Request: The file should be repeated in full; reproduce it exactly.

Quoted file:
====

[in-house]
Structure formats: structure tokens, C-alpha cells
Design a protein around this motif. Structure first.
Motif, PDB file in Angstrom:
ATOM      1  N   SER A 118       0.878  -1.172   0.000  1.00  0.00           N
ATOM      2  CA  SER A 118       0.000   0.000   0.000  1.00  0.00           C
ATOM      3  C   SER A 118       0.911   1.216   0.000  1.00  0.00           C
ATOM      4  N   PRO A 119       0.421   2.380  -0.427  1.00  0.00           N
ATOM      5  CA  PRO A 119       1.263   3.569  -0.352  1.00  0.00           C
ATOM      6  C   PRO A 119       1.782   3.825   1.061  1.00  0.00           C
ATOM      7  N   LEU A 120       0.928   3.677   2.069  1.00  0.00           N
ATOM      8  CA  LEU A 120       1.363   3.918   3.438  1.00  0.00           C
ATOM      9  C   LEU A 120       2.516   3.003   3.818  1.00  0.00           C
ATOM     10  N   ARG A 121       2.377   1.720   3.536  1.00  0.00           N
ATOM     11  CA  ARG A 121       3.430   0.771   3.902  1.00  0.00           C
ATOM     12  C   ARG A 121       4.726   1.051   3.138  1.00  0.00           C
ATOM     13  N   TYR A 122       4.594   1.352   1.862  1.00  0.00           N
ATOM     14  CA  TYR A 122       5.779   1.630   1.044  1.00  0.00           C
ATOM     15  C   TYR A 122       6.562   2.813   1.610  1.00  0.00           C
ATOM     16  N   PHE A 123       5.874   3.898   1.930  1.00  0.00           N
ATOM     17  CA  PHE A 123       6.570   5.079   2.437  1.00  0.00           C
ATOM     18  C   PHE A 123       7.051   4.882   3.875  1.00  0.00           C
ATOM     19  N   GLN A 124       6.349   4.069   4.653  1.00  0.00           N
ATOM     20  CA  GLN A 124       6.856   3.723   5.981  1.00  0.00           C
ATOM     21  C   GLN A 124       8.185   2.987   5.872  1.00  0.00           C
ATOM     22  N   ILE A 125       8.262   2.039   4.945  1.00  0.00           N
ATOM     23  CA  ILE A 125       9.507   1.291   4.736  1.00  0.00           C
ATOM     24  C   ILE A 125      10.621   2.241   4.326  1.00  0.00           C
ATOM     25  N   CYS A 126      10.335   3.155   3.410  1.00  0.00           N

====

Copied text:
[in-house]
Structure formats: structure tokens, C-alpha cells
Design a protein around this motif. Structure first.
Motif, PDB file in Angstrom:
ATOM      1  N   SER A 118       0.878  -1.172   0.000  1.00  0.00           N
ATOM      2  CA  SER A 118       0.000   0.000   0.000  1.00  0.00           C
ATOM      3  C   SER A 118       0.911   1.216   0.000  1.00  0.00           C
ATOM      4  N   PRO A 119       0.421   2.380  -0.427  1.00  0.00           N
ATOM      5  CA  PRO A 119       1.263   3.569  -0.352  1.00  0.00           C
ATOM      6  C   PRO A 119       1.782   3.825   1.061  1.00  0.00           C
ATOM      7  N   LEU A 120       0.928   3.677   2.069  1.00  0.00           N
ATOM      8  CA  LEU A 120       1.363   3.918   3.438  1.00  0.00           C
ATOM      9  C   LEU A 120       2.516   3.003   3.818  1.00  0.00           C
ATOM     10  N   ARG A 121       2.377   1.720   3.536  1.00  0.00           N
ATOM     11  CA  ARG A 121       3.430   0.771   3.902  1.00  0.00           C
ATOM     12  C   ARG A 121       4.726   1.051   3.138  1.00  0.00           C
ATOM     13  N   TYR A 122       4.594   1.352   1.862  1.00  0.00           N
ATOM     14  CA  TYR A 122       5.779   1.630   1.044  1.00  0.00           C
ATOM     15  C   TYR A 122       6.562   2.813   1.610  1.00  0.00           C
ATOM     16  N   PHE A 123       5.874   3.898   1.930  1.00  0.00           N
ATOM     17  CA  PHE A 123       6.570   5.079   2.437  1.00  0.00           C
ATOM     18  C   PHE A 123       7.051   4.882   3.875  1.00  0.00           C
ATOM     19  N   GLN A 124       6.349   4.069   4.653  1.00  0.00           N
ATOM     20  CA  GLN A 124       6.856   3.723   5.981  1.00  0.00           C
ATOM     21  C   GLN A 124       8.185   2.987   5.872  1.00  0.00           C
ATOM     22  N   ILE A 125       8.262   2.039   4.945  1.00  0.00           N
ATOM     23  CA  ILE A 125       9.507   1.291   4.736  1.00  0.00           C
ATOM     24  C   ILE A 125      10.621   2.241   4.326  1.00  0.00           C
ATOM     25  N   CYS A 126      10.335   3.155   3.410  1.00  0.00           N